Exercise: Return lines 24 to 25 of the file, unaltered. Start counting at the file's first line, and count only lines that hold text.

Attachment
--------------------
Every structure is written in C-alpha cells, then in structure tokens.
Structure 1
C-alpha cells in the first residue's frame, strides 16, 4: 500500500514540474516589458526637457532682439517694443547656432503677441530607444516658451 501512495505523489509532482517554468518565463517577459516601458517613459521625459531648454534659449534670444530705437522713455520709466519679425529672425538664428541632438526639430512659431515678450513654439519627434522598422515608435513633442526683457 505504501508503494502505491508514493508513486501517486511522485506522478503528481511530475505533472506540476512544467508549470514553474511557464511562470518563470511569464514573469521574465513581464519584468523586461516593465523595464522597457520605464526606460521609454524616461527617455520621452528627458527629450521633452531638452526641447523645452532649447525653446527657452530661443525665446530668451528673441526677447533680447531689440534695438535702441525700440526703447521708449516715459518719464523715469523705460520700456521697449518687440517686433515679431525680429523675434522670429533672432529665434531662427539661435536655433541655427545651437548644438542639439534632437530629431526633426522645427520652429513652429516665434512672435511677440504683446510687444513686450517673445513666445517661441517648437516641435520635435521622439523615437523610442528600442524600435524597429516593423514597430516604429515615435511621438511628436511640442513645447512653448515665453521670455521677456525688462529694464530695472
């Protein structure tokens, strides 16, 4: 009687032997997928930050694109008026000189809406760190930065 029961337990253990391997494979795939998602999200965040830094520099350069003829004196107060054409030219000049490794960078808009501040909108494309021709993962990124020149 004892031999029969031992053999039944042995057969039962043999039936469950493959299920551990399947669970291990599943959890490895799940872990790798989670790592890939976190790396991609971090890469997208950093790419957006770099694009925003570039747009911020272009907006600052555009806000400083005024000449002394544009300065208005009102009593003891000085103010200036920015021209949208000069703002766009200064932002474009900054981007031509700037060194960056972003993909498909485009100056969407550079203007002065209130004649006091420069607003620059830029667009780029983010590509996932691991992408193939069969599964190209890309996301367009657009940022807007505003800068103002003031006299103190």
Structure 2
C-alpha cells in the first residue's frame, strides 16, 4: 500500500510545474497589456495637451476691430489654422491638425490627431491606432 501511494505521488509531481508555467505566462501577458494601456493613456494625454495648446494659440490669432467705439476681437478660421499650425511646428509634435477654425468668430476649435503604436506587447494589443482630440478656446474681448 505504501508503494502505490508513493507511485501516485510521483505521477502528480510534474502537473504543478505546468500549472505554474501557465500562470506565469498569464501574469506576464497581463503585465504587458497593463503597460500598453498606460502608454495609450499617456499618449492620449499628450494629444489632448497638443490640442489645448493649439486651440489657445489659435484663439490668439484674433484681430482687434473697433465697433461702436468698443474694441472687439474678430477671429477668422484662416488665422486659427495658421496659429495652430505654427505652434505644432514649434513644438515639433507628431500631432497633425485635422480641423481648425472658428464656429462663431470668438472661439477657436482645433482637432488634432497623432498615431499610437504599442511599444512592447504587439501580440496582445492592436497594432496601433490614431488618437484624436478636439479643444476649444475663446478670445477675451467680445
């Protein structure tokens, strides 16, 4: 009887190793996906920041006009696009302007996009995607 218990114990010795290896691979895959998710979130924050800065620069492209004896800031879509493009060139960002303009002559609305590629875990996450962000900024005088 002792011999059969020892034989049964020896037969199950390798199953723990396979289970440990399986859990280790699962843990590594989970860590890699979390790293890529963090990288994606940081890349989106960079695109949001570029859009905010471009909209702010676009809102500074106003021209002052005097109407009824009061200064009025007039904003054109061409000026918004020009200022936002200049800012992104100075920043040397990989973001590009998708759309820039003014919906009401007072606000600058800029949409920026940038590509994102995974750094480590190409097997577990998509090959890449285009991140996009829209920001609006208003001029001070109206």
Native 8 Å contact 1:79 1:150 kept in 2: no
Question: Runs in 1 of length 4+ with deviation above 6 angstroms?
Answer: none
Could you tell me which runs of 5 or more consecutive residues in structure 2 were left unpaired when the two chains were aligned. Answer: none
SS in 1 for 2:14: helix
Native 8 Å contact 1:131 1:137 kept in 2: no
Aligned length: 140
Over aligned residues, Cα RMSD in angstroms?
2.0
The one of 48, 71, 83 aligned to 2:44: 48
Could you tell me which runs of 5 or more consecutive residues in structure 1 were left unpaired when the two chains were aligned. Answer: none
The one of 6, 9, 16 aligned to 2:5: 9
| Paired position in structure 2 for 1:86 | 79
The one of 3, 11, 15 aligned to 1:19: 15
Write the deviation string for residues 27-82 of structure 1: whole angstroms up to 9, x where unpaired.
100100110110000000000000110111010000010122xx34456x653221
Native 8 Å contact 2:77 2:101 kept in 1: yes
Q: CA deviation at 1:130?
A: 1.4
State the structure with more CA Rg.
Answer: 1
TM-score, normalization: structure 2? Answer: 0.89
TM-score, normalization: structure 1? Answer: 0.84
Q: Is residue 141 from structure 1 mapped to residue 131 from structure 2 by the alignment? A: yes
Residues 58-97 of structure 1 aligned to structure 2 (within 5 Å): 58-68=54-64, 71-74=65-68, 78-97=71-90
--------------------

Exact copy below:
Native 8 Å contact 2:77 2:101 kept in 1: yes
Q: CA deviation at 1:130?